Even as the Queen’s Diamond Jubilee BBC Concert rocked on outside Buckingham Palace (amid the slightly worrying news that the Duke of Edinburgh is in hospital), some bad economic news came in — rating agency Egan-Jones has cut the UK’s credit rating to AA-minus with a negative outlook, from AA.
‘The over-riding concern is whether the country will be able to continue to cut its deficit in the face of weaker economic conditions and a possible deterioration in the country’s financial sector,’ Egan-Jones said in its statement, according to Reuters. ‘Unfortunately, we expect that the UK’s debt-GDP [ratio] will continue to rise and the country will remain pressed.’
Egan-Jones is a relatively minor credit rater, and the UK still holds top ratings with the three agencies that matter most — Moody’s, Standard & Poor’s and Fitch — but this surely won’t make George Osborne sleep easier tonight. Egan-Jones’s action may unnerve markets and raise expectations of similar downgrades from other agencies. The Chancellor has said several times that it’s his austerity programme that’s protected the country from credit rating cuts so far.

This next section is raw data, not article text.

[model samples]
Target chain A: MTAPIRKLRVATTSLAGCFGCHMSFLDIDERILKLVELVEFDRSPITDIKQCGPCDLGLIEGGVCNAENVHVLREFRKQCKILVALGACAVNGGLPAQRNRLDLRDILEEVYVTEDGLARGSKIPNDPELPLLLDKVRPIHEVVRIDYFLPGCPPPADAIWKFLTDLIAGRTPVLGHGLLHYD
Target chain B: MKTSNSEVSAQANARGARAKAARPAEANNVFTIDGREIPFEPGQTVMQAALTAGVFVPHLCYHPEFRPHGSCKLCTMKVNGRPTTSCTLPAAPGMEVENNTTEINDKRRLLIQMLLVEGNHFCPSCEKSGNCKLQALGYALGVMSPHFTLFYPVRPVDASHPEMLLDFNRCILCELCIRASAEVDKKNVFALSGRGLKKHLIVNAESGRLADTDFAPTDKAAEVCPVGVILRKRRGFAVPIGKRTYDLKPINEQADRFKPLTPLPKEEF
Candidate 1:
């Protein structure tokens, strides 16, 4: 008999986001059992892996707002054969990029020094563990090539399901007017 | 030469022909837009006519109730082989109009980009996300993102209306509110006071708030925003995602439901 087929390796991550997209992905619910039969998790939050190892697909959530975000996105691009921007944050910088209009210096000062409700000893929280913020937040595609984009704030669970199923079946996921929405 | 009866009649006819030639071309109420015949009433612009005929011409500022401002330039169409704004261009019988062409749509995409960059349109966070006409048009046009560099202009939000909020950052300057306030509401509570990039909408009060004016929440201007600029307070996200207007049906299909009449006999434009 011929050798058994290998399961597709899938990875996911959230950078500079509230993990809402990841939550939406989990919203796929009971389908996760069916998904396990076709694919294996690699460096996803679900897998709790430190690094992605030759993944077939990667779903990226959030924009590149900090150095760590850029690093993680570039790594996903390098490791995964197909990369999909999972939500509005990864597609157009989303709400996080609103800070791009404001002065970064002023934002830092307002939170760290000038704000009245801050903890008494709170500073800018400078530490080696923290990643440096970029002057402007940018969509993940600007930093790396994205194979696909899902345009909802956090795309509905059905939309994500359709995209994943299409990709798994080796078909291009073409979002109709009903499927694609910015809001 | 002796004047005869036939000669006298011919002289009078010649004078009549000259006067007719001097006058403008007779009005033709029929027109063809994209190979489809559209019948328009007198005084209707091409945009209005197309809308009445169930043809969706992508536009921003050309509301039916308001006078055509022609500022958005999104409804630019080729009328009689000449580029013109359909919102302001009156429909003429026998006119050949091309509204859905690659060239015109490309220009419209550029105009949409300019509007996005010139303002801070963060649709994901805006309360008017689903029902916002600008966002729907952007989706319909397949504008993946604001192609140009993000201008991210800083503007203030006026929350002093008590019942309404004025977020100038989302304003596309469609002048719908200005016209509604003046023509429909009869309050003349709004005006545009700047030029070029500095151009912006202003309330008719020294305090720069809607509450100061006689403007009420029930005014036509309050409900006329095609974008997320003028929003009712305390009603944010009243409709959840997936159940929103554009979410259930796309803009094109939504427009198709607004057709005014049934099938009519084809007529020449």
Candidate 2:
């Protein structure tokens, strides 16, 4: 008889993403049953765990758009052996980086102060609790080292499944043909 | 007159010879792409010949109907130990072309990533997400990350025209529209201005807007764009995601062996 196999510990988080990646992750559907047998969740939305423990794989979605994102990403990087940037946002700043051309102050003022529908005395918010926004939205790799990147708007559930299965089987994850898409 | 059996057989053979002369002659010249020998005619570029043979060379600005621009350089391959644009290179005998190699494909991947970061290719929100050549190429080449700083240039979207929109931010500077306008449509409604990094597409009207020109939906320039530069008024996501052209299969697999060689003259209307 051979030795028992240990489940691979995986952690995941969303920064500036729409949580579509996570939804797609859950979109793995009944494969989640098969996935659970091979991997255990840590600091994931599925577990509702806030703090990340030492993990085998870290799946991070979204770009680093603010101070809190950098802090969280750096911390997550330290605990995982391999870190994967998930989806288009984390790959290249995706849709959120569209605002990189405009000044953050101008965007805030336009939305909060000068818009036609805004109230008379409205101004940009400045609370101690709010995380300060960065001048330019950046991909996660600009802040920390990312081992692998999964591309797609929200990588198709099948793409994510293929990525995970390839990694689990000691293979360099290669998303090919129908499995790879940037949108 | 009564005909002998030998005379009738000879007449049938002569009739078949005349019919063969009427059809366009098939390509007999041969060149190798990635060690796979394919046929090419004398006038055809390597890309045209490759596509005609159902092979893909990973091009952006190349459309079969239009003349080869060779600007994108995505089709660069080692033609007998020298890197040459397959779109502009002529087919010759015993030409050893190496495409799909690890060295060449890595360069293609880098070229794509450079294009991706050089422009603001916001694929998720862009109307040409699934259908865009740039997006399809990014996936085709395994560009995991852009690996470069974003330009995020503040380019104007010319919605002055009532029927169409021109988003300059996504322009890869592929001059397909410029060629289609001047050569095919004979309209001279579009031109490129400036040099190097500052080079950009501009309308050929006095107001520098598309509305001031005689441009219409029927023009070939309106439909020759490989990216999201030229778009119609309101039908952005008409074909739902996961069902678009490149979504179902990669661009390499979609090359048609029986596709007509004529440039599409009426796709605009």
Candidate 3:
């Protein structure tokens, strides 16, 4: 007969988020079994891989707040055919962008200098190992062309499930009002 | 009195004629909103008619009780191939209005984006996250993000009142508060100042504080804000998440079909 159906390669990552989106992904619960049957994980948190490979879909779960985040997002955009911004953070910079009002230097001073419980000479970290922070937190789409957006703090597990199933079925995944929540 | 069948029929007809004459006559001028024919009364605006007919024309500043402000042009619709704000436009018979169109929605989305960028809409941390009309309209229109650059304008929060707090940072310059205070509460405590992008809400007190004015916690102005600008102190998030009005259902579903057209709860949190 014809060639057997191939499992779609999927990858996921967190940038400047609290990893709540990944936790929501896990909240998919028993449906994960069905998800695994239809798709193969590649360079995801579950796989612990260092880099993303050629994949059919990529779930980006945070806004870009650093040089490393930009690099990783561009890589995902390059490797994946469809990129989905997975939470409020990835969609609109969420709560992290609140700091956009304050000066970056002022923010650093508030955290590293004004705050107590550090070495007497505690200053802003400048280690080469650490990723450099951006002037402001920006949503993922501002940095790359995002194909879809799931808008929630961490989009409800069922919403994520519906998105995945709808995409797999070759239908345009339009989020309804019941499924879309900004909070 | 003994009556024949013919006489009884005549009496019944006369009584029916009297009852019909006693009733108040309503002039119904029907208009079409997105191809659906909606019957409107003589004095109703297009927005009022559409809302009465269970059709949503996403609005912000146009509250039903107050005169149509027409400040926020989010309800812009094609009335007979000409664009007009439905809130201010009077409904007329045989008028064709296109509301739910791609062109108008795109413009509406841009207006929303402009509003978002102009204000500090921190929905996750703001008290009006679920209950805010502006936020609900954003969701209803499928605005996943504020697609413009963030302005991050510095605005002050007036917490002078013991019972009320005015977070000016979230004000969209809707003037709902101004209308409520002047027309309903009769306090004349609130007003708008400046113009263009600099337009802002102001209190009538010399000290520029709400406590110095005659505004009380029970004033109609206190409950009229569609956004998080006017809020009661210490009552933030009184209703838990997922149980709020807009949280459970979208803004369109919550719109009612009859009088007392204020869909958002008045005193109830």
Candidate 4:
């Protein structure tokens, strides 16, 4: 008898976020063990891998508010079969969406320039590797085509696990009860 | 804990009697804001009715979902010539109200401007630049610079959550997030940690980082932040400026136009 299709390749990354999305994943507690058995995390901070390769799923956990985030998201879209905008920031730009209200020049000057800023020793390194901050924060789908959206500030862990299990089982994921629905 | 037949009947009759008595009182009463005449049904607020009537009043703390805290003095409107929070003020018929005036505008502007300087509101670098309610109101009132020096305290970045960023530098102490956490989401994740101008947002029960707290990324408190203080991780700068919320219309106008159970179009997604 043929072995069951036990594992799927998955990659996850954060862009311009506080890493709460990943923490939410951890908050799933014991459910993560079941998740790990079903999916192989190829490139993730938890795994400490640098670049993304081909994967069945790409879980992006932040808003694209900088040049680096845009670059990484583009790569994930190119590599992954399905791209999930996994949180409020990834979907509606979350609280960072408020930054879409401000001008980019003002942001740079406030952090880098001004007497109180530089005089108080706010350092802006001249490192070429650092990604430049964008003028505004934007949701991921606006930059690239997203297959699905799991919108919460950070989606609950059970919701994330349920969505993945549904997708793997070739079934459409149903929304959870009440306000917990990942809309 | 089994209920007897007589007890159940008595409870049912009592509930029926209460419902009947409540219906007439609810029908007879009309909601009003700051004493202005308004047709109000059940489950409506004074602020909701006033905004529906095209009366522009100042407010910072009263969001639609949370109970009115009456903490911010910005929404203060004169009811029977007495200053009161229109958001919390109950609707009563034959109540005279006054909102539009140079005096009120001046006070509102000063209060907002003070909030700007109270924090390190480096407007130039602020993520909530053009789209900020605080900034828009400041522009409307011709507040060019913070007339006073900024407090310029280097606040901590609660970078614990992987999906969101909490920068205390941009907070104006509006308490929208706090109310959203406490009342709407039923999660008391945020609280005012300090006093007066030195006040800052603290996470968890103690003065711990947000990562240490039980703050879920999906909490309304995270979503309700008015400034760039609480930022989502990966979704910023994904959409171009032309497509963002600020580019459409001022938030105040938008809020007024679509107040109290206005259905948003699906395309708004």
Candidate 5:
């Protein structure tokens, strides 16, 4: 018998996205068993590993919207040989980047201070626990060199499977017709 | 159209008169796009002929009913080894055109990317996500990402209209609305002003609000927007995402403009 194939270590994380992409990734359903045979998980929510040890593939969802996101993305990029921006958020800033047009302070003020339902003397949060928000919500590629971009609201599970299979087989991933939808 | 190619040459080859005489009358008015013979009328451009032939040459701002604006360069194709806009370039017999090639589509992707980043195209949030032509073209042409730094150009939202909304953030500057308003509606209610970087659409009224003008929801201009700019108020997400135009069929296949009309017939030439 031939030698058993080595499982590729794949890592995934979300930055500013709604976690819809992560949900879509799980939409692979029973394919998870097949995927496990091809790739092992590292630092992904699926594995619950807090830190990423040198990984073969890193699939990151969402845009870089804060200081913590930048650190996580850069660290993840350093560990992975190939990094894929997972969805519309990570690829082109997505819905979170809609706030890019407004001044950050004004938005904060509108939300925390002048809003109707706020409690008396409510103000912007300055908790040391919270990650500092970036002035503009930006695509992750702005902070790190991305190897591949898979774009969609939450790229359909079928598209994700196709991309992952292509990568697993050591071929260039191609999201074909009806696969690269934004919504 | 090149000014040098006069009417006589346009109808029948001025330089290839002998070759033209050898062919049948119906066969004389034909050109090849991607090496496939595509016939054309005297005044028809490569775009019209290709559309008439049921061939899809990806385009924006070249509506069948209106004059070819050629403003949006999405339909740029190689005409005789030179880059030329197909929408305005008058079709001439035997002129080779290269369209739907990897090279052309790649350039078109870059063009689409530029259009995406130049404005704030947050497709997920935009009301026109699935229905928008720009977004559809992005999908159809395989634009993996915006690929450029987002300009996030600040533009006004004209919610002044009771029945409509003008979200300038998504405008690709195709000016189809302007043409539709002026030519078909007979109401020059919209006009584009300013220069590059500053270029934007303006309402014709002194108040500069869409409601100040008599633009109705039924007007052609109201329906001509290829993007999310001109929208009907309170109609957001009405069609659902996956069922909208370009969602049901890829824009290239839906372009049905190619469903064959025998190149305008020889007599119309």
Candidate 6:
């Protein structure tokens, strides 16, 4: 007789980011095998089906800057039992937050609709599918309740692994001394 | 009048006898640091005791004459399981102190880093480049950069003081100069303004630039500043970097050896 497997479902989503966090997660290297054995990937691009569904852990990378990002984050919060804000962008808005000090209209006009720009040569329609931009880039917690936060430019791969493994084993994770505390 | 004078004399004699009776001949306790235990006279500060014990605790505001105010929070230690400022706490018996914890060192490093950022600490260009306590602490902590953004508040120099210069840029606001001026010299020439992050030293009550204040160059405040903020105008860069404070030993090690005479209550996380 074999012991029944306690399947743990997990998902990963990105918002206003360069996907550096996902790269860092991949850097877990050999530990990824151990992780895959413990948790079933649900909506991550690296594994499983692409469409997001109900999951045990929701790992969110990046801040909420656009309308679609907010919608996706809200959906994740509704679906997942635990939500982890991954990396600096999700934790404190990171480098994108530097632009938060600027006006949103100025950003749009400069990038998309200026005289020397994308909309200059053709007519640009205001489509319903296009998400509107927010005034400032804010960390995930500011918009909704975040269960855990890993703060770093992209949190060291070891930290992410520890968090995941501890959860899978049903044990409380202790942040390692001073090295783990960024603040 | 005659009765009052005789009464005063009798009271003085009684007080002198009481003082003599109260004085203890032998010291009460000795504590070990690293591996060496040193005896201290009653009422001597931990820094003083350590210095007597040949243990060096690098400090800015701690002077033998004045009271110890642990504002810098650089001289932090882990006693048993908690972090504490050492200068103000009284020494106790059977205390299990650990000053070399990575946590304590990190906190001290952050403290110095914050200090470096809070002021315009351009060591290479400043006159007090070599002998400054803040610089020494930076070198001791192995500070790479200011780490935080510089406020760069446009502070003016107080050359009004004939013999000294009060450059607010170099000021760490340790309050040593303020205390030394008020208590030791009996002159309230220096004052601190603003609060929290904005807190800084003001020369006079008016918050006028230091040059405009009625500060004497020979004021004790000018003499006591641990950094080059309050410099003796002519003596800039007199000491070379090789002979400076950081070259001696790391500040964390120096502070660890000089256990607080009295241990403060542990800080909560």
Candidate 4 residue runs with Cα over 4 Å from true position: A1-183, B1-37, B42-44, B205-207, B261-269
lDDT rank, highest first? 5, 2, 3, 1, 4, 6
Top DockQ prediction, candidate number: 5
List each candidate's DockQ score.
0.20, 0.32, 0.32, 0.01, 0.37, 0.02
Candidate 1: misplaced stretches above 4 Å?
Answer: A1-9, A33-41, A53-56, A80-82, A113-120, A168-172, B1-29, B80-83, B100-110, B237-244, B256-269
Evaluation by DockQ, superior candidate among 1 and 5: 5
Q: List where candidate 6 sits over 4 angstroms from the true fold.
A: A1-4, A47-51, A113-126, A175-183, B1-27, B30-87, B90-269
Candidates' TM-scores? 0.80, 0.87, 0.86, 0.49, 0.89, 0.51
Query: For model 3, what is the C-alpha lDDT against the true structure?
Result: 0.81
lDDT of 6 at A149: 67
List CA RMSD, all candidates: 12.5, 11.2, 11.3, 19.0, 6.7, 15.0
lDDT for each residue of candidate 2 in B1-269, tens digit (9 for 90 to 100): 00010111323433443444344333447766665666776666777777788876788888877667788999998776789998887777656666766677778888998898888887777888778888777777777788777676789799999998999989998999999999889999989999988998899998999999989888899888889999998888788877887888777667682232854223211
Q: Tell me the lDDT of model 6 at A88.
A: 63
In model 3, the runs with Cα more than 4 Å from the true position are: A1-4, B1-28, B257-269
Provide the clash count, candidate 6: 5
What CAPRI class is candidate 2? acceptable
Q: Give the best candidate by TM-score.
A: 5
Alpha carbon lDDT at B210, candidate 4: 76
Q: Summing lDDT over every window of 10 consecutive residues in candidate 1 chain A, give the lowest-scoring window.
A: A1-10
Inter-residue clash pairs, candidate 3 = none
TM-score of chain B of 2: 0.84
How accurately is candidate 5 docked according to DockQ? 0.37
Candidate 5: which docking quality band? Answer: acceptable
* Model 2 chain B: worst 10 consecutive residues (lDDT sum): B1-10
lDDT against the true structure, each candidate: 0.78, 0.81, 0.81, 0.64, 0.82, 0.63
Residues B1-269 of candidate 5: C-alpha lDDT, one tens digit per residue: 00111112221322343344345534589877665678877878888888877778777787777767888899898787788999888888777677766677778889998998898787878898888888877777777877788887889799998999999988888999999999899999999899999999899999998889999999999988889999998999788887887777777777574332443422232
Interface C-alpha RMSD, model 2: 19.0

Egan-Jones, which last week downgraded Italy and Spain, is particularly worried about the impact of the EU financial meltdown on the banking sector. ‘The major problem for the UK is that Europe’s banking crisis does not appear to be abating as evidenced by the miserable results of most [eurozone] banks,’ the agency said.
It expects the UK’s debt-GDP ratio to rise to 104 per cent this year, 110 per cent next year and 116 per cent in 2014. GDP, meanwhile, is expected to slide 1.5 per cent this year and the next. All this, along with Spain’s ongoing bailout question and the recent weak US jobs and factory orders data, mean that Osborne may have more than one restless night.